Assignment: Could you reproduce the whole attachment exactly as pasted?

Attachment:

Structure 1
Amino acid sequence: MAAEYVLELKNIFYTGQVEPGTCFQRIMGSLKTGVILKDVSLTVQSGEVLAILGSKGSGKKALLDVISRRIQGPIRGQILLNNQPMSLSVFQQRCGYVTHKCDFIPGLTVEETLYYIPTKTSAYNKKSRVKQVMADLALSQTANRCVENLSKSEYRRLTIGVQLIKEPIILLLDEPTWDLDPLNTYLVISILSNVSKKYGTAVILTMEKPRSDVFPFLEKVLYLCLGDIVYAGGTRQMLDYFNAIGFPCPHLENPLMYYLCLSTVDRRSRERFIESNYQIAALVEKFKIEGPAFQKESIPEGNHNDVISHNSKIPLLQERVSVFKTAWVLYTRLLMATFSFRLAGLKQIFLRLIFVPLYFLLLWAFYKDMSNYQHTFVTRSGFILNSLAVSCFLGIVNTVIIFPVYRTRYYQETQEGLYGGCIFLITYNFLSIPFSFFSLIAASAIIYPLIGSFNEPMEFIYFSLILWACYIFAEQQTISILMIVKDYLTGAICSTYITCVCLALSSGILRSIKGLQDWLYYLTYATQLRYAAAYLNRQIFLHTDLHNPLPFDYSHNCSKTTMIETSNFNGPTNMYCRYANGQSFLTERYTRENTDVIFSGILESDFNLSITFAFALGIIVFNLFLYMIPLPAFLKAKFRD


Structure 1
Amino acid sequence: MAAEYVLELKNIFYTGQVEPGTCFQRIMGSLKTGVILKDVSLTVQSGEVLAILGSKGSGKKALLDVISRRIQGPIRGQILLNNQPMSLSVFQQRCGYVTHKCDFIPGLTVEETLYYIPTKTSAYNKKSRVKQVMADLALSQTANRCVENLSKSEYRRLTIGVQLIKEPIILLLDEPTWDLDPLNTYLVISILSNVSKKYGTAVILTMEKPRSDVFPFLEKVLYLCLGDIVYAGGTRQMLDYFNAIGFPCPHLENPLMYYLCLSTVDRRSRERFIESNYQIAALVEKFKIEGPAFQKESIPEGNHNDVISHNSKIPLLQERVSVFKTAWVLYTRLLMATFSFRLAGLKQIFLRLIFVPLYFLLLWAFYKDMSNYQHTFVTRSGFILNSLAVSCFLGIVNTVIIFPVYRTRYYQETQEGLYGGCIFLITYNFLSIPFSFFSLIAASAIIYPLIGSFNEPMEFIYFSLILWACYIFAEQQTISILMIVKDYLTGAICSTYITCVCLALSSGILRSIKGLQDWLYYLTYATQLRYAAAYLNRQIFLHTDLHNPLPFDYSHNCSKTTMIETSNFNGPTNMYCRYANGQSFLTERYTRENTDVIFSGILESDFNLSITFAFALGIIVFNLFLYMIPLPAFLKAKFRD